It may not be a coincidence that the left held their Civil City Slam just a week after former B.C. Attorney General, Geoff Plant, was appointed to the newly created position of Civil City Commissioner in Vancouver. Plant’s appointment was seen as a coup for Mayor Sullivan but a set back for Vancouverites on the left arguing that more money for the social safety net is a solution to street disorder, not “criminalizing poverty”.

Plant’s appointment, lawyer David Eby told the crowd at the Slam, signals that Project Civil City will emphasize a “law and order” approach. But at the press conference announcing his appointment a week earlier, Plant hinted at a multi-pronged approach, “I am committed to tackling the underlying root causes of Vancouver’s challenges, while also dealing with some of the more straightforward, public disorder issues that we are experiencing.”

Thursday, May 24, 2007

Garrett: the mechanic who tried to save Chris Poeung

Remember Garrett, the mechanic who went over to help 13 yr. old Chris Poeung after he got stabbed? Garrett Gustafson used his bare hands to apply pressure to the wound near Chris’ heart and kept the pressure on for at least ten minutes, until the paramedics arrived. Unfortunately it wasn’t enough to save Chris.

I saw Garrett, a short, young looking 43 yr. old with green-brown eyes and light brown hair, this evening when I dropped into McDonalds at Terminal and Main for a coffee. Garrett was having a snack and a coffee before he did some mechanical work on a van in the parking lot that belongs to Tom, another guy who drops in regularly for coffee.

Garrett is a third generation mechanic. Both his father and his maternal grandfather were mechanics. He learned the trade in high school in Winnipeg.

Garrett told me that reporters from The Province newspaper had tracked him down today. I knew they were looking for him because a reporter had e-mailed me trying to locate him. She said she had seen Garrett's name on my blog posting about the Chris Poeung stabbing in the parking lot next door to McDonalds. I had revealed on the blog that Garrett worked at a local car repair shop, but I didn't mention the name. I didn't know the name. Province reporters went to garage after garage in the neighbourhood until they found him at "Nic's" over near Cambie. (Nic's stands for "Non-intimidating Car Service".) Garrett agreed to meet with a Province reporter at McDonald’s after work.

The Province reporter had asked Garrett if he would meet in the parking lot where flowers now lie on the spot where Chris lay bleeding. Garrett looked at me, shaking his head and grimacing, indicating that he had not wanted to go over there.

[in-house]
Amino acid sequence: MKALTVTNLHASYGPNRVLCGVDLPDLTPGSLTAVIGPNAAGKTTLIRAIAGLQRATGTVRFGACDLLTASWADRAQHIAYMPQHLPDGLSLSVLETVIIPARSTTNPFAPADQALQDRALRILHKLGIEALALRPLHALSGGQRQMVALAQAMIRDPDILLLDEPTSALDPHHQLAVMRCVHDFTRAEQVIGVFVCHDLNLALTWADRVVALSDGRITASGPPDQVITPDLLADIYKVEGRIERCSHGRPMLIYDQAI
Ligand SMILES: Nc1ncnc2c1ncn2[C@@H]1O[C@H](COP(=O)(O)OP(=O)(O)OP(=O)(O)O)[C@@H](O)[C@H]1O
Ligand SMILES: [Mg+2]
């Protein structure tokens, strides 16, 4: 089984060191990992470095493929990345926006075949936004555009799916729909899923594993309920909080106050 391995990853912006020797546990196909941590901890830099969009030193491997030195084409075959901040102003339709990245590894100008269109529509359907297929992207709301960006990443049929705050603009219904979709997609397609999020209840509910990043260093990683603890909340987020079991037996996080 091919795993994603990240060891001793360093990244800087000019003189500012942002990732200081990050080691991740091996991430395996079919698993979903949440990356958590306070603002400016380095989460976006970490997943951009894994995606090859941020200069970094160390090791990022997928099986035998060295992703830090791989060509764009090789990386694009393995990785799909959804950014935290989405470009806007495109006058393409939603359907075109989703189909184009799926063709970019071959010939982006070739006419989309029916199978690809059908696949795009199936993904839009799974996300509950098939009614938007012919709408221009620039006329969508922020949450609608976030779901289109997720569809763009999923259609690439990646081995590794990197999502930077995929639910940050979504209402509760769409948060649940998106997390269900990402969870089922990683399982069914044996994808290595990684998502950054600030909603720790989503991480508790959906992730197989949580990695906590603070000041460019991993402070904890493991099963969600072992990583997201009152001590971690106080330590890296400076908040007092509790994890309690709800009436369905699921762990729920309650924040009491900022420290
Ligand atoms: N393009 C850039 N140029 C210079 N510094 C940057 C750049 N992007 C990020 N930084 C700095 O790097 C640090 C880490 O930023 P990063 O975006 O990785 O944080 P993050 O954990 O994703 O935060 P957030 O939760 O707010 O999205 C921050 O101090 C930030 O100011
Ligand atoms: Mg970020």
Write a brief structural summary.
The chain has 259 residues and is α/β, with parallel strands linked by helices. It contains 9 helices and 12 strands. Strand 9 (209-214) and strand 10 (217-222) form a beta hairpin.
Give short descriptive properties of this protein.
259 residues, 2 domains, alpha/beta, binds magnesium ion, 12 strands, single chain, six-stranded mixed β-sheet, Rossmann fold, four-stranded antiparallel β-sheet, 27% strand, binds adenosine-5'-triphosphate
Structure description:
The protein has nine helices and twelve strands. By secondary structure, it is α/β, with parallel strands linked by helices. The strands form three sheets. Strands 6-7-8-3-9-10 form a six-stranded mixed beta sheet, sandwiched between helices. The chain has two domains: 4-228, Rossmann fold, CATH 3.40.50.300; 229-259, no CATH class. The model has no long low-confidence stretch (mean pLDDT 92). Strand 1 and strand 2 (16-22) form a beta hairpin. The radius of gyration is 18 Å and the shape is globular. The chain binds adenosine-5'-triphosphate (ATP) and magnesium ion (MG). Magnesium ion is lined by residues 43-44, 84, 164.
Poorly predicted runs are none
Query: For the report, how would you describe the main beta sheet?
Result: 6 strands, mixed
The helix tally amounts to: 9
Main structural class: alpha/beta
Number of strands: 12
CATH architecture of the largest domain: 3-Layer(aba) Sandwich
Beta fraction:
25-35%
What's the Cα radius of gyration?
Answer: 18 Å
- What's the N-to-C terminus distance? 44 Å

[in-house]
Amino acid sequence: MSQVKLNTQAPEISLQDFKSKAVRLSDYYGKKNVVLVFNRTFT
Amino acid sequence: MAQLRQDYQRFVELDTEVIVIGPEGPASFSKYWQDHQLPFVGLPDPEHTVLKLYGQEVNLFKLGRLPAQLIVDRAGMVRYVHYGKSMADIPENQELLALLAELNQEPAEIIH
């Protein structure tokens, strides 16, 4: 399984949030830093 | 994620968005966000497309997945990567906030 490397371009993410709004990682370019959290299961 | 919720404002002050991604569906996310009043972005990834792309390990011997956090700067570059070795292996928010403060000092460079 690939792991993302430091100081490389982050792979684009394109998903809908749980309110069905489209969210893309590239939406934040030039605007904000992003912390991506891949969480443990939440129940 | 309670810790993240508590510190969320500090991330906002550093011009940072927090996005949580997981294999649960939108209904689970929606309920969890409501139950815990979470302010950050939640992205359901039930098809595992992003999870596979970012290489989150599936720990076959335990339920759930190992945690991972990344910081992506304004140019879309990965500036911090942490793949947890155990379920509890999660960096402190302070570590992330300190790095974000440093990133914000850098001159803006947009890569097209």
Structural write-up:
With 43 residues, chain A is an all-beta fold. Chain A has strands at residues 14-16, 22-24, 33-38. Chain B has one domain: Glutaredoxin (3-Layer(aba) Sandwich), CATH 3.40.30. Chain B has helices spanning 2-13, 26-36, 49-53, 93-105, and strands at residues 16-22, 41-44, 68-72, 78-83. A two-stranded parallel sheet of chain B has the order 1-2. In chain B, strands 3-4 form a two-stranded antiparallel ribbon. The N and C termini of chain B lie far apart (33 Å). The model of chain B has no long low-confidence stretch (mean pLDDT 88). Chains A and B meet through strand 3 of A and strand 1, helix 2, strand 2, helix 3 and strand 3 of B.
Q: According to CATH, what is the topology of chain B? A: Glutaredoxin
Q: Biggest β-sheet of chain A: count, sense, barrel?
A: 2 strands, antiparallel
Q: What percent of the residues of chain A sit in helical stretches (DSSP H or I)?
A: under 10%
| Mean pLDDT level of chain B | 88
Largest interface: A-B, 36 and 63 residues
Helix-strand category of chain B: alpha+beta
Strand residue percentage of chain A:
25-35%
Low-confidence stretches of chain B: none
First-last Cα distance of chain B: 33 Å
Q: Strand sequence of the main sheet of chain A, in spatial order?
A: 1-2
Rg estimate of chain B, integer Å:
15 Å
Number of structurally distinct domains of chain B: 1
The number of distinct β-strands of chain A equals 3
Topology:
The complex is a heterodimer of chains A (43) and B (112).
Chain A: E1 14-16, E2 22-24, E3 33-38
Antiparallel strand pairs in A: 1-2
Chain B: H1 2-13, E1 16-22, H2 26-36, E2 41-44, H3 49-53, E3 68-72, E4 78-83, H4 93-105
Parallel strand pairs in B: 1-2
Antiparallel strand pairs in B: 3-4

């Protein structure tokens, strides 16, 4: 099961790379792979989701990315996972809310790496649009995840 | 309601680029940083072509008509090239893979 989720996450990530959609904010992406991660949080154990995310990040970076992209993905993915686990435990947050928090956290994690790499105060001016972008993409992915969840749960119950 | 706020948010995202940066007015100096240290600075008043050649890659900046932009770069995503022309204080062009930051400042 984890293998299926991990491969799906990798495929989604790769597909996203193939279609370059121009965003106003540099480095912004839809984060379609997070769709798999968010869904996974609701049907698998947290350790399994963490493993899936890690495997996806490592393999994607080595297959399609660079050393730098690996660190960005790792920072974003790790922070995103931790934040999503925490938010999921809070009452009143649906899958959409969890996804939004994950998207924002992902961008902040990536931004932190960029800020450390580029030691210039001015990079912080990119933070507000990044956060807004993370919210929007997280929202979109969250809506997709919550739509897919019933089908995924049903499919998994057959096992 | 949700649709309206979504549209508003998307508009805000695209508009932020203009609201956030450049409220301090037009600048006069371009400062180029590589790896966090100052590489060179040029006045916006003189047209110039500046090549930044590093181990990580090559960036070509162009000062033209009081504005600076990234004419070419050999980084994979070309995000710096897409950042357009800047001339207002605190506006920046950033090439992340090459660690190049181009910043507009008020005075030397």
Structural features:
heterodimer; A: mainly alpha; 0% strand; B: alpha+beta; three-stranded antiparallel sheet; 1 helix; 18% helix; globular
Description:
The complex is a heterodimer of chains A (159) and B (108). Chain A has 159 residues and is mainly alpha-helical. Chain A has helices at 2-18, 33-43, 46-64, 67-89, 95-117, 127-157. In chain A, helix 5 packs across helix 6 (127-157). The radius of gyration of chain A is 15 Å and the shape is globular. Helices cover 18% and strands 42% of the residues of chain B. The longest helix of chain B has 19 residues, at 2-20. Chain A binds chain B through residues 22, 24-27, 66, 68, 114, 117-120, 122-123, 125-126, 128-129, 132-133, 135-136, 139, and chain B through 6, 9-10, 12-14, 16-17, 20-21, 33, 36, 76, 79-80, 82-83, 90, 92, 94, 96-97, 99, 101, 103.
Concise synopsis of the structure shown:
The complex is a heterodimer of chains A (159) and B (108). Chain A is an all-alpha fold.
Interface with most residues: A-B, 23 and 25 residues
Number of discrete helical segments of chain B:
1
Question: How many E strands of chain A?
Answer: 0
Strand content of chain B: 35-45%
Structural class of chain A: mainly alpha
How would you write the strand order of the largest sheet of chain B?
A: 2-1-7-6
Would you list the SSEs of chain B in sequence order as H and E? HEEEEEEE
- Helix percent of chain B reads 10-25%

"Did The Province take a photograph of you?", I asked Garrett. "About a hundred", he responded. When the photos were being taken, he said, "I held my McDonald’s coffee cup in front of me the whole time". Maybe McDonalds will return the favor by giving me free coffee, he said, grinning.

I told Garrett that the Province reporter had called him “heroic” in her e-mail to me. He didn't respond much to that. But Ric, a crusty 75 year old who regularly drops into McDonalds for coffee and has a teenager son of his own, had earlier weighed in on this: “The kid died; Garrett would have been a hero if the kid had lived”. But then again Ric was still peeved with Garrett for being too tired last night to help him fix his car.

Don, who has had coffee with Garrett at McDonalds and sold him a mountain bike he no longer used, believes that what Garrett did was indeed heroic: "He helped save that kid long enough for the doctors to get to him. I bet we'll see him up for some kind of medal."

I had not run into Garrett since last Saturday when I saw him applying pressure to stem the flow of blood from Chris Poeung's chest in the parking lot. Garrett told me when I chatted with him this evening, that he had said a prayer for Chris as he pressed on his wound, but not out loud. He had said the prayer for Chris after seeing "a woman saying a prayer over him", out loud in Spanish. “Is that what that woman was doing?,” I asked. I had mentioned that woman on my blog; I had reported seeing her kneeling by Chris' head, one hand on each side of his head, talking to him "softly, continuously". She had dark hair. I didn’t realize at the time that she was saying a prayer. I didn’t even realize that she was speaking Spanish as I didn’t listen too closely.